Try and see the gulls’ viewpoint

I feel I must respond to Lawrie Brownlee’s letter (“Don’t be gulled,” Opinion, July 25).

To take his points in turn:

1. Yes, we have a large number of seagulls around our home and they come on our roof and into our garden on a daily basis.

The ‘screaming and fighting in the middle of the night’ – actually, more often at dawn – does not disturb me. Maybe because I don’t get irritated with something I appreciate?

2. From a seagull’s perspective, our buildings are simply an extension of the cliffs and therefore are part of their natural habitat, so of course they will use them.

We can hardly expect the gulls to appreciate any difference and, if we build within the seagull’s natural range, we have only ourselves to blame.

3. I am often caused ‘distress’ by bad drivers and dawdling visitors in Sidmouth, but I do not wish to get rid of either!

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The Earth belongs to the seagulls as much as it does to us – the Bible makes us stewards, not owners. Don’t walk along eating and you are unlikely to get ‘attacked’. If the gulls are swooping low, just stand still. They are skilful flyers and won’t hit you.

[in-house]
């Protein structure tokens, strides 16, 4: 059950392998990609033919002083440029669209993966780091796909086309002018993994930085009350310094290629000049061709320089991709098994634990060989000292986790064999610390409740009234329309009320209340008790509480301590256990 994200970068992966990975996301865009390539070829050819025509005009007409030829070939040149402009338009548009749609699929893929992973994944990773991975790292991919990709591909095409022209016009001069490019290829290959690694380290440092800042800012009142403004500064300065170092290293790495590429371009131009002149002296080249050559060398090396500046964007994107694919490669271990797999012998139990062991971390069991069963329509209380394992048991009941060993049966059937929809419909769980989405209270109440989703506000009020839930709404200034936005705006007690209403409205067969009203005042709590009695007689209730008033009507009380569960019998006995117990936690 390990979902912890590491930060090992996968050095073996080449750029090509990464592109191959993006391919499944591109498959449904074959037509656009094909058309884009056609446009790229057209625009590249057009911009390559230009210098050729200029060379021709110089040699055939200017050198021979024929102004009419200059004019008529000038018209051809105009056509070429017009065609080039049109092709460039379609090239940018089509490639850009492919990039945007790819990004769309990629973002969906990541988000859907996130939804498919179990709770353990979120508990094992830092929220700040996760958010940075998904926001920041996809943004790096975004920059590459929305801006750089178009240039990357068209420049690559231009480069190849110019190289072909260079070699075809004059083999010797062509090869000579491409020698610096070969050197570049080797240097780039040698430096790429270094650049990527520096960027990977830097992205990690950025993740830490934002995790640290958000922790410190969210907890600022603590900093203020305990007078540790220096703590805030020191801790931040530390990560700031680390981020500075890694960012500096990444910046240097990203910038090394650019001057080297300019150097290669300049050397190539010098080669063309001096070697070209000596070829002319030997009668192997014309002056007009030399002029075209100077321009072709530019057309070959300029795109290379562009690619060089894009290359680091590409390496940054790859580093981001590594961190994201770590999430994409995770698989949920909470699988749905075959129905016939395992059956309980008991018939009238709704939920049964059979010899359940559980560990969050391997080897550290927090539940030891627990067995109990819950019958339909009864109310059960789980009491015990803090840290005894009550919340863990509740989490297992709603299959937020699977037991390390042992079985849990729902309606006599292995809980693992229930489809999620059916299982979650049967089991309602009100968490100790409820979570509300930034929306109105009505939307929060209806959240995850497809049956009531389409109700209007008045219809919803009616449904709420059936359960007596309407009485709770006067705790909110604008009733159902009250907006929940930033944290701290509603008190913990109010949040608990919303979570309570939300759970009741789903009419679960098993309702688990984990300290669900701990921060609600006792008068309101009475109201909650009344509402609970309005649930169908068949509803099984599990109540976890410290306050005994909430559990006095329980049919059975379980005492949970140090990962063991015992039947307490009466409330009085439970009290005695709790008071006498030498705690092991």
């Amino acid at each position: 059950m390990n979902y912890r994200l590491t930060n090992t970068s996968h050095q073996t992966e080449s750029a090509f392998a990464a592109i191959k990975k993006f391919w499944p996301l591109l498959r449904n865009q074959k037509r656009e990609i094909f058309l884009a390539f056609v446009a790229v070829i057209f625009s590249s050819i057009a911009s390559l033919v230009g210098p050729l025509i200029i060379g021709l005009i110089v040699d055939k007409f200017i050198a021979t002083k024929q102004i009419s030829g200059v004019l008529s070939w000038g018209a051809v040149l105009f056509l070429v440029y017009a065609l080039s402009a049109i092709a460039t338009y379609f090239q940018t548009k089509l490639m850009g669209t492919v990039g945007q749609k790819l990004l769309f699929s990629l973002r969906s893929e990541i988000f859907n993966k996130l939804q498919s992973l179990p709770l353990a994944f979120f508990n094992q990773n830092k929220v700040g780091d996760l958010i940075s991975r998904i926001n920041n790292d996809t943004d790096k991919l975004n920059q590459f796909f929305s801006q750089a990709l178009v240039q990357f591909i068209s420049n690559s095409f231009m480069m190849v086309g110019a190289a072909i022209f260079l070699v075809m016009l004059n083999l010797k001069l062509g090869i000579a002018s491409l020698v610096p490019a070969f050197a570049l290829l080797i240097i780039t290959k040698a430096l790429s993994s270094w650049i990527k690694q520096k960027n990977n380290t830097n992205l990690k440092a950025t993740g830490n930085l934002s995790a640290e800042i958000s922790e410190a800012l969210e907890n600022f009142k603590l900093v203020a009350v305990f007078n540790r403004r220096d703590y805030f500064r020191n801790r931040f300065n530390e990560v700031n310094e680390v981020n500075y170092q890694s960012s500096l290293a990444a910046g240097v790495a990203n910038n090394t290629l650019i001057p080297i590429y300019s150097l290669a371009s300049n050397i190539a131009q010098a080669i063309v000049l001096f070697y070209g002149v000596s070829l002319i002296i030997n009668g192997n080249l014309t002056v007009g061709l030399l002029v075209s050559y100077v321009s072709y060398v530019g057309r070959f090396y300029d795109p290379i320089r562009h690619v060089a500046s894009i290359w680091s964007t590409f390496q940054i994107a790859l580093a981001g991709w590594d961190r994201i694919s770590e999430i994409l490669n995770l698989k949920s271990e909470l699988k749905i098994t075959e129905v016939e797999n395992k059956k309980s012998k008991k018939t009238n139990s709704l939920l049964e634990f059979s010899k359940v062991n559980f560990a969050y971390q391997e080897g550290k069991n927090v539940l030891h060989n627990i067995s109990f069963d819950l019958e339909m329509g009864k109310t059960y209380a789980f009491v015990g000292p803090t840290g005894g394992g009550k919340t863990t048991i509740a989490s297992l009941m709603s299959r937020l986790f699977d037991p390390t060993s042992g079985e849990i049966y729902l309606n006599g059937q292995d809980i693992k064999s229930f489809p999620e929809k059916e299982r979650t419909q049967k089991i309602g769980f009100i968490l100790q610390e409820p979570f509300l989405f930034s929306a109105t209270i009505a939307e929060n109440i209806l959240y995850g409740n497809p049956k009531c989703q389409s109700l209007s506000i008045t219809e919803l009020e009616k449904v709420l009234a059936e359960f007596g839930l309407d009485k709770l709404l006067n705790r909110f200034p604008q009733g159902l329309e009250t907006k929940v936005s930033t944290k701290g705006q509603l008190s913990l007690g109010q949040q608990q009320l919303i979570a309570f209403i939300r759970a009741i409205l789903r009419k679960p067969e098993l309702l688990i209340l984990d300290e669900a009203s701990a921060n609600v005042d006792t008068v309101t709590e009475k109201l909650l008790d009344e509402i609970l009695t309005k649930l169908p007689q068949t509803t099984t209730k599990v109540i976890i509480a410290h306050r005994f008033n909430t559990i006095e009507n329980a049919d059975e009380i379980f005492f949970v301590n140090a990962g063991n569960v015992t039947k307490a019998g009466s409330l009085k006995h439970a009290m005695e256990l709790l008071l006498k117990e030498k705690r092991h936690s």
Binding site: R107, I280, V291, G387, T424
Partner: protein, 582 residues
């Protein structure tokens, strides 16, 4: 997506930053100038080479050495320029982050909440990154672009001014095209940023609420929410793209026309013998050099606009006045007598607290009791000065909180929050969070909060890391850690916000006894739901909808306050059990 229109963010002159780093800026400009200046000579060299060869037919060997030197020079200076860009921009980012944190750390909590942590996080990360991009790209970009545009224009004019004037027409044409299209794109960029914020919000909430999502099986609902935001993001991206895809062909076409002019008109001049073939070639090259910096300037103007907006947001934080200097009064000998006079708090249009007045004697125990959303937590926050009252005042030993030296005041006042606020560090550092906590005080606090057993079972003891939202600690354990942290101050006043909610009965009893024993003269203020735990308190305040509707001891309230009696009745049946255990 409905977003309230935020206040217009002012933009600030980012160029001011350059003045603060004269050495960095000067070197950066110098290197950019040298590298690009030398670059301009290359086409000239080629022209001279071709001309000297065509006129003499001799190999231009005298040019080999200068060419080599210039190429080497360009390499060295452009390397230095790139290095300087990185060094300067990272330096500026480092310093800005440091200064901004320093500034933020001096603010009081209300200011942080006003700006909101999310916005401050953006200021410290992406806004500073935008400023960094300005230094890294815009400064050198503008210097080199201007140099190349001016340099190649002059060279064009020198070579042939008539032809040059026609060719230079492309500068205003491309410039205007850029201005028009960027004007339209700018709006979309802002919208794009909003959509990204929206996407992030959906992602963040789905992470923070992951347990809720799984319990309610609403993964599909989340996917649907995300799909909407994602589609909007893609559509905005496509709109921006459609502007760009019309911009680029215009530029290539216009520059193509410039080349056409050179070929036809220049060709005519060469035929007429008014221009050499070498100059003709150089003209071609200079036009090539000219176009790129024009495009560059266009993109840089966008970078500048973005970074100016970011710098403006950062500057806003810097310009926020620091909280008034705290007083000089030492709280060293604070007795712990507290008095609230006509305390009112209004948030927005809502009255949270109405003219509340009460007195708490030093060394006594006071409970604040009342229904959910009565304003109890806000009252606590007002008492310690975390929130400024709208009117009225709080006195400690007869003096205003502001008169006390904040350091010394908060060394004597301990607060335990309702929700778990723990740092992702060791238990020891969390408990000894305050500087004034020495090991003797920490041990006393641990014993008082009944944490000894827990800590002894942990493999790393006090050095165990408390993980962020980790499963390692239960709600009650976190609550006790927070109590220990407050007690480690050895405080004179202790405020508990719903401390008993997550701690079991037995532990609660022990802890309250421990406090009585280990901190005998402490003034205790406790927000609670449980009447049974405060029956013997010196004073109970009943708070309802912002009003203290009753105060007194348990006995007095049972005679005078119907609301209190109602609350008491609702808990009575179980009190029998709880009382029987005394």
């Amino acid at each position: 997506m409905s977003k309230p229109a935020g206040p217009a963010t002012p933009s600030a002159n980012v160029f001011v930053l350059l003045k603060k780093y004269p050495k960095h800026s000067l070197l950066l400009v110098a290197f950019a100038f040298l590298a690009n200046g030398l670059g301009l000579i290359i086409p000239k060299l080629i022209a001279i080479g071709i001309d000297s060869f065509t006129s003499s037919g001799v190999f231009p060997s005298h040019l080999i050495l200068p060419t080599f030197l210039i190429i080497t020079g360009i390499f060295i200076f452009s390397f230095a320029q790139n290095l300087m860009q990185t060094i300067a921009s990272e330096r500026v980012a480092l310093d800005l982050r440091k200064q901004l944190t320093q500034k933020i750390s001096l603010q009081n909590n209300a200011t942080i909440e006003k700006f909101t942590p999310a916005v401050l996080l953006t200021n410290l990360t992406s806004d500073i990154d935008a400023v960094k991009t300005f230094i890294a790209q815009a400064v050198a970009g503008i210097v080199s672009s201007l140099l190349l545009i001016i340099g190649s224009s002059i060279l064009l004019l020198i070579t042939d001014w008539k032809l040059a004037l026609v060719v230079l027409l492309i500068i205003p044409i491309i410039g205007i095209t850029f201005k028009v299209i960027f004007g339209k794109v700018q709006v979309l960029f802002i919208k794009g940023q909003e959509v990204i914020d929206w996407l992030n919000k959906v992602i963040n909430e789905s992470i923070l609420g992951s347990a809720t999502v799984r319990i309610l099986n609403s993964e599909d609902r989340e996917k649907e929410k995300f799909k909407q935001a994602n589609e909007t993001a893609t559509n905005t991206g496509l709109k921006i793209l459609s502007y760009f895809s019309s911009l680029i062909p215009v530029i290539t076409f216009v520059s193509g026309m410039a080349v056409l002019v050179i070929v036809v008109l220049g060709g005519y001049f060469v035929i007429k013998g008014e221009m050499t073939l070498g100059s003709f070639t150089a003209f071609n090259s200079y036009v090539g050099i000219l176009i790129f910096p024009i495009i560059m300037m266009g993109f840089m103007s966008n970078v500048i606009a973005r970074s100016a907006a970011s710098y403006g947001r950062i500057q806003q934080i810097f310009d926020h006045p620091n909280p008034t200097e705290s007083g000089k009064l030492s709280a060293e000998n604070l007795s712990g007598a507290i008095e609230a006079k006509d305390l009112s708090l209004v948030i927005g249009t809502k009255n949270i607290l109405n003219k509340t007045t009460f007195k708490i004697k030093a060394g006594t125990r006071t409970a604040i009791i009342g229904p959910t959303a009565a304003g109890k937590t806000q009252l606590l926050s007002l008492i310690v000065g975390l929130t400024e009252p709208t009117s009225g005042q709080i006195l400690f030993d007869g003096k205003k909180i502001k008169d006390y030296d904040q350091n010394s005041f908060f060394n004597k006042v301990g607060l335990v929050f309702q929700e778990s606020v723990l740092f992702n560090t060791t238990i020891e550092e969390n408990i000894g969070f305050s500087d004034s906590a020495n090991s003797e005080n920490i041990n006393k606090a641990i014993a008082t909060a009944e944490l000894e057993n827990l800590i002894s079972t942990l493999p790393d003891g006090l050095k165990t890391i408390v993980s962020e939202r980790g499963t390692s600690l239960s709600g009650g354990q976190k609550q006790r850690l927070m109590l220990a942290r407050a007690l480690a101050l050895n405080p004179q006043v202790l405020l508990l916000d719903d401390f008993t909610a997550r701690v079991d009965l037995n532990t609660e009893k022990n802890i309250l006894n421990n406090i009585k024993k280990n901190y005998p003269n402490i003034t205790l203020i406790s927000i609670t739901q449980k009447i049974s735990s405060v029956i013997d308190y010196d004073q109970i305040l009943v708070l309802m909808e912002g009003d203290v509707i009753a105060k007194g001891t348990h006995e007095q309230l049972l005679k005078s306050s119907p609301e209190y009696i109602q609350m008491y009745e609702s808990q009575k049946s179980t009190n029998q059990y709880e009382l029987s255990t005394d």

4. Check out the human sewage and refuse in the sea! Besides, a hose can work wonders.

Maybe, at the end of the day, how we feel about seagulls has more to do with our own – often selfish – attitudes, than with the birds and their activities.

Demonise seagulls and they will drive you crazy. Look on them as another part of the creation to which we all belong, with their own needs and right to exist, and they can become an enjoyable, indeed integral, part of the seaside environment we who live here, unlike the gulls, have chosen for ourselves.

The peace of Christ be with you.

(Rev) David JC Wheeler